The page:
Appreciating Barry Larkin (even more)
So I’ve been reading Hal McCoy’s new memoir — I just finished this morning, actually — which comes out in March. I’ll say it’s essential if you’re a Reds fan, and if you’re not a Reds fan … well, it depends upon your taste for such things. I lapped it up.
Anyway, there are plenty of good stories and here’s one that I particularly enjoyed:
Over the winter, Bowden signed free agent left-handed pitcher John Smiley, a quiet, moody guy who sat in front of his locker for two days before every start wearing earphones and daring anybody to say a single word to destroy his concentration. After losses — and there were nine of them with only three wins in 1993 — his post-game interviews were terse, one-word answers. Most writers avoided him. Captain Baarry Larkin, the supreme professional, observed Smiley’s act for as long as he could stand it. After another loss Smiley was being obstinate with the media and Larkin said in a loud voice, so everybody in the clubhouse could hear, "That’s not how we do things around here. We show respect to the beat writers. They are just doing their job." It was a pattern Larkin followed throughout his long tenure with the Reds. He policed the clubhouse, made certain every player, rookie or veteran, acted in a professional manner with the writers. It is why there were seldom issues between players and writers.Article continues below ...
There was an incident before the 1990 playoffs involving relief pitcher Rob Dibble and Cincinnati Enquirer beat writer Mike Paolercio. When Paolercio entered the clubhouse, Dibble walked up and dumped a bucket of ice water over Paolercio’s head and said, "That’s what I think of what you wrote today." A mystified Paolercio wondered what set off Dibble and found out only later it was a headline on one of his stories. Unbeknownst to Dibble and most every player and fan, writers don’t put headlines on their stories. A copyreader/editor at the paper does that, and writers often encounter problems with players over headlines. After Dibble’s showering of Paolercia, [Jose] Rijo dug a new shirt out of his locker and gave it to the writer. And Larkin took Dibble aside for some refresher counseling.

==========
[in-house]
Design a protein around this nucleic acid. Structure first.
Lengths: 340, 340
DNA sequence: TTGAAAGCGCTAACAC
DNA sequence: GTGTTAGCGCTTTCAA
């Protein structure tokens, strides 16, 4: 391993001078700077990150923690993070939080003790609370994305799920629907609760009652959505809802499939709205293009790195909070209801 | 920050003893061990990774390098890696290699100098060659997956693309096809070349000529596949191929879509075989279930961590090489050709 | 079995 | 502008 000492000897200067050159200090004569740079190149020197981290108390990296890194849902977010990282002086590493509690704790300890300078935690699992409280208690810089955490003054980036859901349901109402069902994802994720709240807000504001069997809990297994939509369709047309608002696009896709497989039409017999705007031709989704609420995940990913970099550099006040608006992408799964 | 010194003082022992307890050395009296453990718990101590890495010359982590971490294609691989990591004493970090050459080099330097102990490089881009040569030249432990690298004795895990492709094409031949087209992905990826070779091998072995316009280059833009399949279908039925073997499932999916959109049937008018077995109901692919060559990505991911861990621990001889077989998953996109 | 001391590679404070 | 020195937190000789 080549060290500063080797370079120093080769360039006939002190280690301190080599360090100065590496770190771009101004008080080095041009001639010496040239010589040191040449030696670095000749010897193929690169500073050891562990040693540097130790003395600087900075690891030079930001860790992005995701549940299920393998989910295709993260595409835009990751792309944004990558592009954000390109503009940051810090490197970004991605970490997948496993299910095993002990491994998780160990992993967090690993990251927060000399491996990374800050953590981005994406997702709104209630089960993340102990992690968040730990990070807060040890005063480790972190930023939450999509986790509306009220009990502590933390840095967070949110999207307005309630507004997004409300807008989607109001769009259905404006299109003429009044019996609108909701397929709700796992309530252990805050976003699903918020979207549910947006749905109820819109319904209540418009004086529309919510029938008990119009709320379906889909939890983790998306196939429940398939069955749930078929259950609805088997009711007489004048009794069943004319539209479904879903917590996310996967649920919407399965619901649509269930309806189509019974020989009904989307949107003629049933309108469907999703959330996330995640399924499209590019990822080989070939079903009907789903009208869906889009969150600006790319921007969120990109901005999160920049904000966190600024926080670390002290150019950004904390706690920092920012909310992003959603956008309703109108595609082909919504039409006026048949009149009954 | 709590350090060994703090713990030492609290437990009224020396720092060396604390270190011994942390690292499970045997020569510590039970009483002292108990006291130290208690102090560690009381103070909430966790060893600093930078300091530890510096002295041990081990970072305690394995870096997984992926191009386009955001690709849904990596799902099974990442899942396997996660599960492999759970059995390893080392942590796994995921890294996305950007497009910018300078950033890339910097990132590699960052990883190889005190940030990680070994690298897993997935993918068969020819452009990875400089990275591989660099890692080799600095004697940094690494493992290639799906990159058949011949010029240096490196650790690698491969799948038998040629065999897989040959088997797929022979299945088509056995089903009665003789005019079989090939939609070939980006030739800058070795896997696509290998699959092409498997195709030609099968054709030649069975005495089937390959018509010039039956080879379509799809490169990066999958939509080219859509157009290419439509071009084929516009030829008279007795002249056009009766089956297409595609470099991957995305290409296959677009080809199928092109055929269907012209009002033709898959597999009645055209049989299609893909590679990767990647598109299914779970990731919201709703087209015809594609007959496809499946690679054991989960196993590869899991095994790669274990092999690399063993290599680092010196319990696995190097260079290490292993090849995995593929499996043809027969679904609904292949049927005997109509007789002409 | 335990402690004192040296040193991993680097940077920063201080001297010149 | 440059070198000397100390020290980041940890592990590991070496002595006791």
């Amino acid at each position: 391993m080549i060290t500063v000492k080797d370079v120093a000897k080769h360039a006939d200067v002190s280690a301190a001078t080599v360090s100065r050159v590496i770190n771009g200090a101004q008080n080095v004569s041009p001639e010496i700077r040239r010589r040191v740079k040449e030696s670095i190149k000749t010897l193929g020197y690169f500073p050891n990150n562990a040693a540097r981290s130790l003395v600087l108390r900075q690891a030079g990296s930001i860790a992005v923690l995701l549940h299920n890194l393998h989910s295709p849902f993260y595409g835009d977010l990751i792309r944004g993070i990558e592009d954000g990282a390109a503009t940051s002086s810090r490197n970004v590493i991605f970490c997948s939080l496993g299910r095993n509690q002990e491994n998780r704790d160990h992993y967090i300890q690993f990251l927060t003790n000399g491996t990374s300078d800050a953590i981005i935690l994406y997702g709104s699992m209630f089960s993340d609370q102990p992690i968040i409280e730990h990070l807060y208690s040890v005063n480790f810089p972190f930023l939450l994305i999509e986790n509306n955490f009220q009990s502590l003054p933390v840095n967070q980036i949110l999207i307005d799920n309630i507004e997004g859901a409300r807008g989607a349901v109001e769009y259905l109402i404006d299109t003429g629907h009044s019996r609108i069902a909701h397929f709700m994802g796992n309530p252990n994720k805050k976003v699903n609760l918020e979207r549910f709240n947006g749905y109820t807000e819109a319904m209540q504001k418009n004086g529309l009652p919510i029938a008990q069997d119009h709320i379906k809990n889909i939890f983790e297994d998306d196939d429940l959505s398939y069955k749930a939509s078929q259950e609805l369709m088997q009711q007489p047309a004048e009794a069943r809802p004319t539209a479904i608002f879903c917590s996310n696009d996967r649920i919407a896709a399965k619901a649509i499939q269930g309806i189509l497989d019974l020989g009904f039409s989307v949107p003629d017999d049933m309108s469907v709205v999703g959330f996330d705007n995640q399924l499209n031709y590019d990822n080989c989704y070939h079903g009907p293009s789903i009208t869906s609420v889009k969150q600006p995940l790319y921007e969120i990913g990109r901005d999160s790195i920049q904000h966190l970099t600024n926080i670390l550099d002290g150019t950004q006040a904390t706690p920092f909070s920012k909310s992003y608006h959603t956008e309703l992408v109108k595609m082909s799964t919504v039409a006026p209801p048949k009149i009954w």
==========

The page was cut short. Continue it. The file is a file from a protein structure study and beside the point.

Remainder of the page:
Later, Davey Johnson managed the Reds, and (according to McCoy) was asked to name the best player he’d ever managed: "Barry Larkin. He did so much for a team, on the field and in the clubhouse."
Meanwhile, what was it about 1990s closers? Dibble, Williams, Rocker … Do you have to be angry all the time to get that job done?
Oh. Right. Mariano Rivera. Best not to generalize.